“The elites who dominate our culture tell us that firearms lie at the root of the problem,” Cruz said. “It’s far easier to slander one’s political adversaries and to demand that responsible citizens forfeit their constitutional rights than it is to examine the cultural sickness, giving birth to unspeakable acts of evil.”

On May 27, people gathered in Houston for the National Rifle Association’s annual convention, days after a gunman killed 19 children and two teachers. (Video: Adriana Usero/The Washington Post)

Abbott, appearing in a recorded message because he was at the same time holding a news conference in Uvalde that included criticizing the law enforcement failures, rejected out-of-hand new gun restrictions.

“Just as laws didn't stop the killer, we will not let his evil acts stop us from uniting the community that he tried to destroy,” Abbott said in the video.

In the decade since Sandy Hook, the NRA has increasingly allied itself with the GOP, broadening its focus from gun rights to include other conservative culture war issues and grievances, and betting big on Trump in the 2016 campaign. The NRA used Friday’s event to project strength after years of turmoil as the organization fights a lawsuit by the New York attorney general alleging executives misspent funds.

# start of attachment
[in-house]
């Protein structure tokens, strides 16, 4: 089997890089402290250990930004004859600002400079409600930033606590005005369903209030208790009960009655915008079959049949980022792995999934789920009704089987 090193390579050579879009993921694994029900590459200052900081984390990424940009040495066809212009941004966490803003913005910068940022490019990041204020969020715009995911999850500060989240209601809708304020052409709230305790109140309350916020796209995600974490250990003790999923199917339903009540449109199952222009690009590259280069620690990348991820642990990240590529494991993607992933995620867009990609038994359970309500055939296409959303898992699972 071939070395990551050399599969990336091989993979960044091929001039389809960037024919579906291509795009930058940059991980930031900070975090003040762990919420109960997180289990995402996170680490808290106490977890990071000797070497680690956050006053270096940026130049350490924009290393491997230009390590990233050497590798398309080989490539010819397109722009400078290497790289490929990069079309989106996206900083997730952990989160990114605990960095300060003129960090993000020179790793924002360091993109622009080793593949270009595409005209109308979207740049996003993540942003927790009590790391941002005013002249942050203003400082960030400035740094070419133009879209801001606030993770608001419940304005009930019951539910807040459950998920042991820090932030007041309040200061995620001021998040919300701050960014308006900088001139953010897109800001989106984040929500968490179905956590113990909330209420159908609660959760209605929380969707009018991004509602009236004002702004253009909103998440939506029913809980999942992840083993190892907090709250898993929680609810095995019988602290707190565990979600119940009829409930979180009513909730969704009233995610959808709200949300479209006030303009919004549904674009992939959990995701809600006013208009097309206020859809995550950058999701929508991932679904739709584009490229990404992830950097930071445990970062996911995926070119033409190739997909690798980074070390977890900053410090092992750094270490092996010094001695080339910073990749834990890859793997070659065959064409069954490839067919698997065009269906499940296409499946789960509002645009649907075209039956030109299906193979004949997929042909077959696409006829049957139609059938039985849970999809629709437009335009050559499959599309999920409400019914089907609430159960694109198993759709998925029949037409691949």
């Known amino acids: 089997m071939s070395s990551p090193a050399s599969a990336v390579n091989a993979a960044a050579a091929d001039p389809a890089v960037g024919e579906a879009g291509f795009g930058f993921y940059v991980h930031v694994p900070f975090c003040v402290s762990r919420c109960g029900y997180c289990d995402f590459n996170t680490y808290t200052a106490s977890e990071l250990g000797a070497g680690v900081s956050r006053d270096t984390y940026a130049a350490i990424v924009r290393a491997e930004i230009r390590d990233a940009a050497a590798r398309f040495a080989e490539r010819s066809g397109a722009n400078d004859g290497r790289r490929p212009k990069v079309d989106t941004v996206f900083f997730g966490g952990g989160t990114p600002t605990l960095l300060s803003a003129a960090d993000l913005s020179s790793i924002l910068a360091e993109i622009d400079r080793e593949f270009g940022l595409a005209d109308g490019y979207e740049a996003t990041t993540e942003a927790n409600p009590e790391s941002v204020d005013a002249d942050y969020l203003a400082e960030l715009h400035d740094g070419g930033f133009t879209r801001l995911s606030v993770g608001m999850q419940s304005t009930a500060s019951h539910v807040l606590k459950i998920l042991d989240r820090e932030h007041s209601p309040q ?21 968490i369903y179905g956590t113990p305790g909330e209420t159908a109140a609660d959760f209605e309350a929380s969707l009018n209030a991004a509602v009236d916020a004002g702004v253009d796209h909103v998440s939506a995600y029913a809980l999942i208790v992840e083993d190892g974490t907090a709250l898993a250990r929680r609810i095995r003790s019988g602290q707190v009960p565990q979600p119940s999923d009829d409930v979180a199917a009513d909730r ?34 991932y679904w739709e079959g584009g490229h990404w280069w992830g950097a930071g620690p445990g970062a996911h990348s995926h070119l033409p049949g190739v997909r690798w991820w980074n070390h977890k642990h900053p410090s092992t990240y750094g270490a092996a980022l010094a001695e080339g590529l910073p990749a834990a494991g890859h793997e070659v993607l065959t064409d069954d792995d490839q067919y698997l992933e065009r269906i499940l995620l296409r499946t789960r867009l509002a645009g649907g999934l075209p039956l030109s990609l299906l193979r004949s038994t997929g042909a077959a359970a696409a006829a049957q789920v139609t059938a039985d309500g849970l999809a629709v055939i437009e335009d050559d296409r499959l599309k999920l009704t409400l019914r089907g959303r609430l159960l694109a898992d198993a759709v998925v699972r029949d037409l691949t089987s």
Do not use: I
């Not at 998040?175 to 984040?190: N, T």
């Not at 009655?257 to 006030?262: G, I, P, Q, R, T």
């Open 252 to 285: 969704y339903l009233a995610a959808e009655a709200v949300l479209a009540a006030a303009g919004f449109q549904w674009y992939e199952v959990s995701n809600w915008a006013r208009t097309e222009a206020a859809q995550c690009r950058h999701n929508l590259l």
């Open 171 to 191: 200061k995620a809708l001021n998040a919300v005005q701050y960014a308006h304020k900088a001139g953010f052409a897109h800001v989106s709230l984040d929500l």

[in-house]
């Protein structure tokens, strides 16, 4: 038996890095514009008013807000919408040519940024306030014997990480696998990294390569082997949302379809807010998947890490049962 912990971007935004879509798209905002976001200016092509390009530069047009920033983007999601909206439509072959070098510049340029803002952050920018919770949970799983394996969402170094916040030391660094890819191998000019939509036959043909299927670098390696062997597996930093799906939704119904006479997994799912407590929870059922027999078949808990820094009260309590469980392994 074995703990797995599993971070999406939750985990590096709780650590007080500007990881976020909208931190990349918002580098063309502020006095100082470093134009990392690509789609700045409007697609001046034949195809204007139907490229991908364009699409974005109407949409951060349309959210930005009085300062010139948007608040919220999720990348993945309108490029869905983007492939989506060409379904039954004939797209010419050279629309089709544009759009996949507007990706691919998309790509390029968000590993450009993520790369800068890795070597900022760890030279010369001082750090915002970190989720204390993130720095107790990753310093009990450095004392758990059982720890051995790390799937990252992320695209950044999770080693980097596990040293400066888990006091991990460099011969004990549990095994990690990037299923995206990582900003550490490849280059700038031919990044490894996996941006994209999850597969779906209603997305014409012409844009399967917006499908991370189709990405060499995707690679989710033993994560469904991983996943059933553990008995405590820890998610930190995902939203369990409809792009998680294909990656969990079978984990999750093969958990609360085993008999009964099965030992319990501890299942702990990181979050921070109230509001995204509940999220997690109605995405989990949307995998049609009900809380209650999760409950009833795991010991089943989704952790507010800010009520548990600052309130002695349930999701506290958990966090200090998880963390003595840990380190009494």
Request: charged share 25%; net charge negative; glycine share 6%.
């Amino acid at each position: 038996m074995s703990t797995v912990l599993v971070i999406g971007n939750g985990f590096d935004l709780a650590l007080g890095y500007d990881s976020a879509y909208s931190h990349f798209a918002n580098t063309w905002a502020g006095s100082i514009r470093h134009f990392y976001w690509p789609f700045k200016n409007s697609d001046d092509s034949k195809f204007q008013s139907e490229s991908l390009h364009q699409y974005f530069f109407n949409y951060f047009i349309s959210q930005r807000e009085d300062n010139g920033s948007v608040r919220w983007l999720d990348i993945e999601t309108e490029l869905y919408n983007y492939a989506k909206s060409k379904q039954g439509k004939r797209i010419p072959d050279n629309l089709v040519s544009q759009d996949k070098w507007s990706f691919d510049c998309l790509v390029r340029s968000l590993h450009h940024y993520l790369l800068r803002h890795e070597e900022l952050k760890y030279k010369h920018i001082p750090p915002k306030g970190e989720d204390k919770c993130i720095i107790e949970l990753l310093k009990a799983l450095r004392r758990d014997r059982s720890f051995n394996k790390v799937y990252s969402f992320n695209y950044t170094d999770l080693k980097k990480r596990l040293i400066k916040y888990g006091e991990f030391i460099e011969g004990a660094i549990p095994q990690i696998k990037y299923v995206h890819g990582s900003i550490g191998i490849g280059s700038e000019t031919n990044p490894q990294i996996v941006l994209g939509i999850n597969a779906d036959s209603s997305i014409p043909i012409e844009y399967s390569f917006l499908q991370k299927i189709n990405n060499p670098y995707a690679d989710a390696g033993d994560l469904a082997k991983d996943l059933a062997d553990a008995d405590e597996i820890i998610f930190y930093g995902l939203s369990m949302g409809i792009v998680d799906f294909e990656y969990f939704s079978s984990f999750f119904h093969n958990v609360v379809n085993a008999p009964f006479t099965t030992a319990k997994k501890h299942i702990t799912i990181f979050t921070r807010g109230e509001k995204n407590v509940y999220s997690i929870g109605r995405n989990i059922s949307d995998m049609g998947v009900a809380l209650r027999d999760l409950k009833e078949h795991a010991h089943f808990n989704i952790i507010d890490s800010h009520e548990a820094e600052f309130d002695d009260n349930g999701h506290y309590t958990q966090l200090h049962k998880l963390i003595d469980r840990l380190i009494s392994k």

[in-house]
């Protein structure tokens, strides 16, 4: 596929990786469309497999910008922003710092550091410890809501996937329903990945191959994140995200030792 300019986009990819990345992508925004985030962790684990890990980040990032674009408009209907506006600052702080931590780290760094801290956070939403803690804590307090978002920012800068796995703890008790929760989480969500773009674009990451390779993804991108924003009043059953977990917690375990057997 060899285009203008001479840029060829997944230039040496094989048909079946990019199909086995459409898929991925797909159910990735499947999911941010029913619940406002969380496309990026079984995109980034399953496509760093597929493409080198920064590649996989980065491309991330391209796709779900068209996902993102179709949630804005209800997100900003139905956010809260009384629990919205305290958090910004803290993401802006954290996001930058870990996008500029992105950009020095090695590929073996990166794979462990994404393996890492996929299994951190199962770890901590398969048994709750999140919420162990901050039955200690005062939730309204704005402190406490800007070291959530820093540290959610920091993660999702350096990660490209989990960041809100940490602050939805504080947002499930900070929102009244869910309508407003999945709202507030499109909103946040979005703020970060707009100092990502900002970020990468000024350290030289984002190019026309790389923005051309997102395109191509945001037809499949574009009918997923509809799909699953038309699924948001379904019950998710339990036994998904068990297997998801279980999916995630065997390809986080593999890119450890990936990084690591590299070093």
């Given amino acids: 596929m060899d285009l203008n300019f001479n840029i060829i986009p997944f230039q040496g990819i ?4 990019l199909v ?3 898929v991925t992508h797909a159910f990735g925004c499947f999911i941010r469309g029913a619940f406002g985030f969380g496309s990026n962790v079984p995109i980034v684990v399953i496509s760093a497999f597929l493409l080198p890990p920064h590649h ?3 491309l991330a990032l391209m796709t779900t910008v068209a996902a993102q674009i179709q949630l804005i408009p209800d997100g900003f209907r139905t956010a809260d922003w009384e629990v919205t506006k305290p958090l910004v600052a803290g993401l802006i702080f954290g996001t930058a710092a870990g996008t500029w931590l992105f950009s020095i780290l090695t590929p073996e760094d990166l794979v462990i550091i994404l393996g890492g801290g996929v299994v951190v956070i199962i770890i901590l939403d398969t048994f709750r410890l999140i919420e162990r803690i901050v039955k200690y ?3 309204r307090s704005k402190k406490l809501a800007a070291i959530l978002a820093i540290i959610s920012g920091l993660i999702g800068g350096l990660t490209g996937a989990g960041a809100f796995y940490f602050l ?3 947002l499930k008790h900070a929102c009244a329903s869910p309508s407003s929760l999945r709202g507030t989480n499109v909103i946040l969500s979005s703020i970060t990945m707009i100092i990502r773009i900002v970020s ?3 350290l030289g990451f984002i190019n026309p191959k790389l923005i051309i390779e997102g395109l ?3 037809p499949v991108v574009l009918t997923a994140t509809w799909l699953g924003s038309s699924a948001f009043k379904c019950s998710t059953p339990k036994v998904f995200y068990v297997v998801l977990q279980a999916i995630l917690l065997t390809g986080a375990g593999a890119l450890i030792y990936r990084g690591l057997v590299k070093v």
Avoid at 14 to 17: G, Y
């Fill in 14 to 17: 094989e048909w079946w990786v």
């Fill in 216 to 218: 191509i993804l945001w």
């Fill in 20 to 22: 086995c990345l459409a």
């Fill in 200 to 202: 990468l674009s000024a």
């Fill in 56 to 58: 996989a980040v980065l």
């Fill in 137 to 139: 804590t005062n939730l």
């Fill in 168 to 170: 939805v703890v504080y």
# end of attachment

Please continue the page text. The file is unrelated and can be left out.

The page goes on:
The NRA pressed ahead with the program despite calls to move, postpone or cancel it out of respect to the Uvalde victims. A growing crowd of protesters in the park across the street shouted “Shame” at attendees as they entered the convention center. In an interview before the speeches, NRA board member David A. Keene said the organization did not consider modifying the program because it would inconvenience the thousands of people who made plans to attend.

Other board members were more pointed in their response to critics. “If we backed away every time there was controversy, we wouldn’t be worthy of anybody’s support,” said Robert L. Barr Jr., a former congressman from Georgia.

Trump acknowledged the blowback with a swipe at the speakers who backed out, a list that included Texas Lt. Gov. Dan Patrick (R). “Unlike some, I didn’t disappoint you by not showing up,” he said.

Trump and Cruz pushed for hardening school buildings, with Trump calling for the elimination of gun-free school zones and Cruz saying schools should have a single door guarded by armed police or trained military veterans — a plan that would appear likely to run afoul of fire safety laws requiring more than one exit in buildings. Cruz also called for bulletproof doors and locking classroom doors.